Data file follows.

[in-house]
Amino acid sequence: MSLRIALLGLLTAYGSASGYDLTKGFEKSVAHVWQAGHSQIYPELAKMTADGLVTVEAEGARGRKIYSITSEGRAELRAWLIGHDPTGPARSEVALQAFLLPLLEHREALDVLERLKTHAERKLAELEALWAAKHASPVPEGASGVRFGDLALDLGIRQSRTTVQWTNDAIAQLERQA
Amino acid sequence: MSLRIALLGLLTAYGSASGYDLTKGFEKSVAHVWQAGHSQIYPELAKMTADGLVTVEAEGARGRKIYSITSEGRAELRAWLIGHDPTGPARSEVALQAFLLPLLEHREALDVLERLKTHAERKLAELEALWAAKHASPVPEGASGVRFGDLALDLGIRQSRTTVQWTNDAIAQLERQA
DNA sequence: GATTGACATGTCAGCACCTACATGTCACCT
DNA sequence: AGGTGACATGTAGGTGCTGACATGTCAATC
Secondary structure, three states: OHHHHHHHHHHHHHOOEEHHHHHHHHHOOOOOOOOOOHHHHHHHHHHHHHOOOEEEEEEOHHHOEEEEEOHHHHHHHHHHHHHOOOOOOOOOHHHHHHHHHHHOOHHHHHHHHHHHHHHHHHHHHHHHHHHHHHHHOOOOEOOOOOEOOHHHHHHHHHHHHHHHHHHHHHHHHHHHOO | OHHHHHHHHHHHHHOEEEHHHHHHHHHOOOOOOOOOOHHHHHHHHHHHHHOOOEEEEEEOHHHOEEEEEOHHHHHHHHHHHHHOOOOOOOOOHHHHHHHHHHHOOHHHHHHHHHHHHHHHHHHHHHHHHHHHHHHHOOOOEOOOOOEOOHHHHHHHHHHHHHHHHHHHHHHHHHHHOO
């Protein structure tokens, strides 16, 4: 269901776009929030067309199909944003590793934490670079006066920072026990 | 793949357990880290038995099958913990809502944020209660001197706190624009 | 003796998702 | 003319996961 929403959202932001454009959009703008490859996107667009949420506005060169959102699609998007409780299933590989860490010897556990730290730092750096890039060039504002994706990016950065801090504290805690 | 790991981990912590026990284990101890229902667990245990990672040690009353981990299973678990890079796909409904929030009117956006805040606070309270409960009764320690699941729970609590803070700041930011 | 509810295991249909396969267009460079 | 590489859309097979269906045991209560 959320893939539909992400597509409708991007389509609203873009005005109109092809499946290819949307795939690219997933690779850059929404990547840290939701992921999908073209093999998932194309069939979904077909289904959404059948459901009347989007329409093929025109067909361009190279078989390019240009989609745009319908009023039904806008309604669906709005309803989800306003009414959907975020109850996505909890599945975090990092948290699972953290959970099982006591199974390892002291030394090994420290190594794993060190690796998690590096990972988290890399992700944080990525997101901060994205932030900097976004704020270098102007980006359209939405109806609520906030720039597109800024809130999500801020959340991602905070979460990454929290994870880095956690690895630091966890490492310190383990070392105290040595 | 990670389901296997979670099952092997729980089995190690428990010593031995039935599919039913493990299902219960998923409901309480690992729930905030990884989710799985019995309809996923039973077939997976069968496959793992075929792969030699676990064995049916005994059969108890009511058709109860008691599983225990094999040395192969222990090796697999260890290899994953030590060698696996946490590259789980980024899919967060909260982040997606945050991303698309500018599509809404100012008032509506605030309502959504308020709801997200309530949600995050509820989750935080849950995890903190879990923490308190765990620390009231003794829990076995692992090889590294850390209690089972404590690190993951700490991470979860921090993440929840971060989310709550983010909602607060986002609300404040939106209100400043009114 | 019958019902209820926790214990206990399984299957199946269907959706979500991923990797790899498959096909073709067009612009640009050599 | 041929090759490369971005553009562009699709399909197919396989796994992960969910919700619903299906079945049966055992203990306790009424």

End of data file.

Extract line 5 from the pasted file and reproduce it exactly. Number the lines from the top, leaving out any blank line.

DNA sequence: AGGTGACATGTAGGTGCTGACATGTCAATC